As type 2 diabetes progresses over time, patients treated with basal insulin may no longer maintain their target HbA1c level (average blood sugar levels over the past 2 to 3 months) despite typically sustaining good control of FPG with basal insulin. For these patients, Lyxumia can significantly reduce HbA1c by primarily reducing post-prandial (after-meal) glucose levels through its complementary action with basal insulin. Targeting both FPG and post-prandial glucose could be an effective way to lower HbA1c in certain patients with type 2 diabetes.
This sub-analysis examined 496 patients with type 2 diabetes and inadequate glucose control. Results showed that the addition of lixisenatide to basal insulin treatment, with or without metformin (oral anti-diabetic therapy), reduced overall HbA1c, body weight and post-breakfast self-monitored post-prandial glucose in all groups. These effects were greater in patients with relatively well-controlled baseline FPG levels (below or equal to 6.7 mmol/L; FPG in people without diabetes is ~5.5 mmol/L1) compared to those with higher baseline FPG levels (between 6.7 and 8.9 mmol/L, and over 8.9 mmol/L, respectively).
In June, Japan’s Ministry of Health, Labour and Welfare (MHLW) approved the manufacturing and distribution of Lyxumia for the treatment of type 2 diabetes. Lyxumia, the first once-daily prandial GLP-1 receptor agonist, is also the first GLP-1 receptor agonist approved in Japan for use in combination with basal insulin. Lyxumia is indicated for patients with type 2 diabetes mellitus when the following do not provide adequate glycemic control: diet and exercise and sulfonylureas (with and without biguanides) or diet and exercise and soluble prolonged-acting or intermediate-acting insulin (with and without sulfonylureas).
“Lyxumia, as the first GLP-1 receptor agonist approved in Japan for use in combination with basal insulin, will be a valuable new treatment option for many of the country’s 6 million plus people living with type 2 diabetes,” said Pierre Chancel, senior VP, of Global Diabetes at Sanofi. “The MHLW decision immediately enables the use of Lyxumia, which works in a way that complements basal insulin.”
In other positive news, Sanofi Pasteur in August 2013 initiated a Phase III study, called Cdiffense, of its investigational Clostridium difficile vaccine to evaluate the safety, immunogenicity and efficacy of the vaccine for the prevention of primary symptomatic C. difficile infection. C. difficile is a potentially life-threatening, spore-forming bacterium that causes intestinal disease. The risk of C. difficile increases with age, antibiotic treatment and time spent in hospitals or nursing homes, where multiple cases can lead to outbreaks. The investigational vaccine is designed to help protect at-risk individuals from the disease, which is emerging as a leading cause of life-threatening, healthcare-associated infections worldwide.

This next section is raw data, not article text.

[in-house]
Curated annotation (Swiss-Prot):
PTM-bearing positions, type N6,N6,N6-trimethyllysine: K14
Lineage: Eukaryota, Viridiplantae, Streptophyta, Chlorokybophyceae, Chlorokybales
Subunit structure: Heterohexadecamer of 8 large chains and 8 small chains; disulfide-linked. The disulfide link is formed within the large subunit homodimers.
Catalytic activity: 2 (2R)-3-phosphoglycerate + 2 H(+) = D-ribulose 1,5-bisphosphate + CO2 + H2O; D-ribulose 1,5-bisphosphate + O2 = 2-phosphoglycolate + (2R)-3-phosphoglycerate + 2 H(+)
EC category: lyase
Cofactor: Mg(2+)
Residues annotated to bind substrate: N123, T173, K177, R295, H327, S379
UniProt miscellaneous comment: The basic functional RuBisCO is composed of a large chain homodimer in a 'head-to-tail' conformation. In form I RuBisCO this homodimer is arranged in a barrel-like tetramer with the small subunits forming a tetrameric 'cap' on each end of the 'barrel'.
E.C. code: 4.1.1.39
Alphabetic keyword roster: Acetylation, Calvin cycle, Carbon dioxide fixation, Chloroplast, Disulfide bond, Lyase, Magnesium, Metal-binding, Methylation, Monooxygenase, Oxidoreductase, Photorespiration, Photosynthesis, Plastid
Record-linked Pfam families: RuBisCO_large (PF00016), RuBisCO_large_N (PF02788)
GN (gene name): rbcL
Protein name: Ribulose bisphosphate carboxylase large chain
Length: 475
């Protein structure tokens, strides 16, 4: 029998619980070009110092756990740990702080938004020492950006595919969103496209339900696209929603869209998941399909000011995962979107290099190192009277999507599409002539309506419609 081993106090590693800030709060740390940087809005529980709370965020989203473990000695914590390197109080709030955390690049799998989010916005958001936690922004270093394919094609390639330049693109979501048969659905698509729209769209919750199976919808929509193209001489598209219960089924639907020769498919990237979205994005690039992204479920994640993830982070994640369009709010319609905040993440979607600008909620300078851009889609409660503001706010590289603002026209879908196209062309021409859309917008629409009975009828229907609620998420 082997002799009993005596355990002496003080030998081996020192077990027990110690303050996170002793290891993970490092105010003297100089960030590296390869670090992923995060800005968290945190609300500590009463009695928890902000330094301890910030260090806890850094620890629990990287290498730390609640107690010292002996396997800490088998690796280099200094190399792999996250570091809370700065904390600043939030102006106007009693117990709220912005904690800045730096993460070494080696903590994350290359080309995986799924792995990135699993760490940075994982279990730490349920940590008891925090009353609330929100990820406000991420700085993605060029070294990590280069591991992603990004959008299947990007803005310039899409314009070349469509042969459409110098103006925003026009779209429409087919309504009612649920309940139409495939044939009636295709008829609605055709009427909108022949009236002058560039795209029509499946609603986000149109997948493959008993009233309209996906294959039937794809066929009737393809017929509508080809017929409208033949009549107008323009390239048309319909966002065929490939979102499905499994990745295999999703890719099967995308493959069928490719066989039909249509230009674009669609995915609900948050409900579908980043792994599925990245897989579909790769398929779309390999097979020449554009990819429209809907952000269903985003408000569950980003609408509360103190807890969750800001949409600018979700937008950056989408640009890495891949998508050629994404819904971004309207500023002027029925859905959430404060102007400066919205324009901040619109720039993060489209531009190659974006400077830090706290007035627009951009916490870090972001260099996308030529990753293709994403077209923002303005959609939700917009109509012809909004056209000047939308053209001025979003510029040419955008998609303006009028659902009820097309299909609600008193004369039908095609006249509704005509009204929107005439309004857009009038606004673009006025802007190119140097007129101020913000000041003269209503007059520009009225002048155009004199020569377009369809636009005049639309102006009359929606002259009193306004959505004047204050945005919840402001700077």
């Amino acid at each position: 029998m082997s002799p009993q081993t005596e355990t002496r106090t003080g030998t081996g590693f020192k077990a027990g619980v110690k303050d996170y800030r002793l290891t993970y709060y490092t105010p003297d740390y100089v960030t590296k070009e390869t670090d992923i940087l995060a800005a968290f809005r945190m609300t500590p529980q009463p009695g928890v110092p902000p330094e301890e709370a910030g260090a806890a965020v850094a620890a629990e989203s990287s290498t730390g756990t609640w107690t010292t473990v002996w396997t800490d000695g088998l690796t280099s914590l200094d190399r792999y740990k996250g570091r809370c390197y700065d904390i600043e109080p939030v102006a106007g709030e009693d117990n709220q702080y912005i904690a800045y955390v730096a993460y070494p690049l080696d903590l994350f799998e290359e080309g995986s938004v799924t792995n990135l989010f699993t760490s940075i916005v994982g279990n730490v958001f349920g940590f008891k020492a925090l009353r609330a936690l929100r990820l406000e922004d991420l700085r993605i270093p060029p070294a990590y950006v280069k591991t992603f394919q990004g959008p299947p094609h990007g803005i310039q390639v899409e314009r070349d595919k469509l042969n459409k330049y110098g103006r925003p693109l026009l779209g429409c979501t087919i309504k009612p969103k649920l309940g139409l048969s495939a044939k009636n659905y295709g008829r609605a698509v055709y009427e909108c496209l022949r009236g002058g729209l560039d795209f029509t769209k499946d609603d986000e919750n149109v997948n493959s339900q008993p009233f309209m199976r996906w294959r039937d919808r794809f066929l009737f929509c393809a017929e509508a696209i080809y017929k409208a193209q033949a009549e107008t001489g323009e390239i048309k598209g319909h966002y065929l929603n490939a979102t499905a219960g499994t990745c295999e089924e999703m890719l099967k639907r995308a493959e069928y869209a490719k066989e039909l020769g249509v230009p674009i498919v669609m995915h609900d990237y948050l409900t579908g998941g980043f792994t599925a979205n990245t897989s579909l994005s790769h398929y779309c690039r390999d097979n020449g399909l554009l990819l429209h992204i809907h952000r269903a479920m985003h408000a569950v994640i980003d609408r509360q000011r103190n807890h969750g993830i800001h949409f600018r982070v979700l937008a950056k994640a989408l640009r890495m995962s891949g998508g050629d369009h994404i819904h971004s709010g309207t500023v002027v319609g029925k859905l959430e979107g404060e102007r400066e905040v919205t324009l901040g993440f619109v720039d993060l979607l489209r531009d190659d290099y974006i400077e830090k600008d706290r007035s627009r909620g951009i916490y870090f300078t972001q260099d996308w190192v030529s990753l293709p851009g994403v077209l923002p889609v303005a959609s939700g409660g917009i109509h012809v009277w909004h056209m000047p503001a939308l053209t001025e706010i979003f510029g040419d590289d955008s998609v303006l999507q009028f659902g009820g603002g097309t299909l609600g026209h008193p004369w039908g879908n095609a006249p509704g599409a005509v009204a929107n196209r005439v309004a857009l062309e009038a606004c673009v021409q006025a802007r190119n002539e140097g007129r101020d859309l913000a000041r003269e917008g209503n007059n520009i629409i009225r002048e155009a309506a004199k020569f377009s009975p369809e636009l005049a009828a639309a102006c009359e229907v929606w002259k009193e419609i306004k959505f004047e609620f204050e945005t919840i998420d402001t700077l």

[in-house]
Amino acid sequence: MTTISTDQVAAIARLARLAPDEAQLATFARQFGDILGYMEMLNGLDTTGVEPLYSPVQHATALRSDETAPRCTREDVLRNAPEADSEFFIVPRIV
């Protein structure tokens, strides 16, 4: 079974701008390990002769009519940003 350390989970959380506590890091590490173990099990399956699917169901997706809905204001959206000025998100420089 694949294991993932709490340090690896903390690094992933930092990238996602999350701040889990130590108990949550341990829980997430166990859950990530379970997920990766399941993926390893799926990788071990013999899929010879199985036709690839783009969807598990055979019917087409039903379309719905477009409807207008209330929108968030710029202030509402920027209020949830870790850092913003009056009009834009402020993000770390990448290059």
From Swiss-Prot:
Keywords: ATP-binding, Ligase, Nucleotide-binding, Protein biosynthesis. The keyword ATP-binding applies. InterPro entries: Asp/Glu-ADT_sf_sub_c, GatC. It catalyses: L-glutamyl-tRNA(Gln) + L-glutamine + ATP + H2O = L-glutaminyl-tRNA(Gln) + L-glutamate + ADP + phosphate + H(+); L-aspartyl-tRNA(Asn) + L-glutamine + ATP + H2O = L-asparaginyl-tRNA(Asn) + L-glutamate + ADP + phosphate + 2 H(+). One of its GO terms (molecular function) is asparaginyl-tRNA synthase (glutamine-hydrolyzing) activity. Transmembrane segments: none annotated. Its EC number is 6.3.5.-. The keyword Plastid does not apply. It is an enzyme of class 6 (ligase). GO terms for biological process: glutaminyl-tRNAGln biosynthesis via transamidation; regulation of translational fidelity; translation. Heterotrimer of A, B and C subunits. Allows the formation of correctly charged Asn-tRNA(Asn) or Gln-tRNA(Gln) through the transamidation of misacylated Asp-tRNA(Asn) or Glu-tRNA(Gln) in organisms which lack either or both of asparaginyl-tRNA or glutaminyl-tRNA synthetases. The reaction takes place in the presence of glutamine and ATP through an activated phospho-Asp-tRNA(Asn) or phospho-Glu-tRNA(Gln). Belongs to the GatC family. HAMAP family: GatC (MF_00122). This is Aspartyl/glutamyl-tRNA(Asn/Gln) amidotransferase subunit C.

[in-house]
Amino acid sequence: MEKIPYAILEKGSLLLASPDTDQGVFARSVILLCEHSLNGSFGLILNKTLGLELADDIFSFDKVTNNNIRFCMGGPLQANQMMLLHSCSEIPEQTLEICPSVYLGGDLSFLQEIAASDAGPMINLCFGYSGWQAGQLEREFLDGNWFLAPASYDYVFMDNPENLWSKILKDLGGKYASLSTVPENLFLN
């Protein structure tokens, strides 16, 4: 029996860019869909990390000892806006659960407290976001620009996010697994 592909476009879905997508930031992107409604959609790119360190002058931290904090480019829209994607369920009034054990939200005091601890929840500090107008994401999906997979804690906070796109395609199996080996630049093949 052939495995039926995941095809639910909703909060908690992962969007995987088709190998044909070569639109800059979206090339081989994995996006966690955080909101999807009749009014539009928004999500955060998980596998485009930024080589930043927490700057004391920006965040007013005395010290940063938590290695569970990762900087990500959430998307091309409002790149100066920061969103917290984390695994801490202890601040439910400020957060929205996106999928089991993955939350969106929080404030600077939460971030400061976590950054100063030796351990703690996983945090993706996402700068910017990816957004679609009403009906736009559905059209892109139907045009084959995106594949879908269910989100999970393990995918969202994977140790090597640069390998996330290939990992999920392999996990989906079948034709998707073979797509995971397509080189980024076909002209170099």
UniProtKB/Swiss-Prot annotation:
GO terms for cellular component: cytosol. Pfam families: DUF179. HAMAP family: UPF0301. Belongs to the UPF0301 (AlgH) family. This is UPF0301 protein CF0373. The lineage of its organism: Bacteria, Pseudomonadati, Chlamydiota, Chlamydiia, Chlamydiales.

“With the emergence of difficult-to-manage strains of C. diff, CDI has become more frequent, more severe and more difficult to treat in recent years, raising concerns about how to control it and prevent transmission,” says John Shiver, Ph.D., senior VP for Research & Development at Sanofi Pasteur. “Vaccination could be an efficacious, cost-effective and important public-health measure to protect individuals from C. diff.”
In May, Sanofi reported positive topline results from the pivotal Phase III JAKARTA study for the selective JAK2 inhibitor SAR302503 for myelofibrosis. The compound met its primary endpoint in both dose groups. The primary endpoint assessed the proportion of patients achieving a greater than 35 percent reduction of spleen volume. Myelofibrosis is a rare, debilitating and life-threatening hematologic malignancy characterized by abnormal blood cell production and scarring, or fibrosis, in the bone marrow.
Since Sanofi’s acquisition of the molecule, SAR302503 has moved from Phase I to the completion of pivotal Phase III studies in less than three years. The company is planning regulatory filings with health authorities to make this medicine available for patients.
Sanofi Oncology is developing SAR302503 for the treatment of the three main types of myeloproliferative neoplasms: primary myelofibrosis, including those previously treated with ruxolitinib; polycythemia vera; and essential thrombocythemia.
There has been positive news in the OTC sector of Sanofi. In July, Sanofi announced that FDA’s Nonprescription Drugs Advisory Committee voted 10-to-6, with two abstentions, recommending approval of Nasacort AQ Nasal Spray for OTC use in the United States. If approved, Nasacort AQ would be a first-in-class OTC medicine and marketed by Sanofi’s consumer healthcare division Chattem. The proposed OTC indication is temporary relief of nasal symptoms of hay fever or other upper respiratory allergies in adults and children 2 years of age and older.
“The OTC availability of Nasacort would continue to build on Chattem’s highly successful OTC launch of Allegra and further expand our consumer healthcare offering,” says Anne Whitaker, president, North America Pharmaceuticals, Sanofi.
Product sales and financial performance
Product sales sales
Lantus $6,378 $5,036
Plavix $2,657 $2,623
Lovenox $2,434 $2,715
Aprovel $1,480 $1,660
Eloxatin $1,229 $1,377
Renvela $840 $534*
Cerezyme $814 $567*
Taxotere $724 $1,186
Allegra $711 $746
Stilnox/Myslee $639 $630
Lumizyme $594 $396*
Amaryl $541 $561
Depakine $527 $499
Synvisc-One $467 $329*
Tritace $444 $482
Fabrazyme $375 $140*
Multaq $328 $336
Jevtana $302 $242
Apidra $296 $244
All sales are in millions of dollars.
*For 2011, net sales of Genzyme products were recognized from the acquisition date (April 2011).
Revenue $44,938 $42,935
Net Income $6,387 $7,321
EPS $4.81 $5.52
R&D $6,329 $6,186
Revenue $20,650 $22,350
Net Income $1,862 $3,809
EPS $1.39 $2.87
R&D $3,010 $3,095
All figures are in millions of dollars except EPS.
Posted: October 2013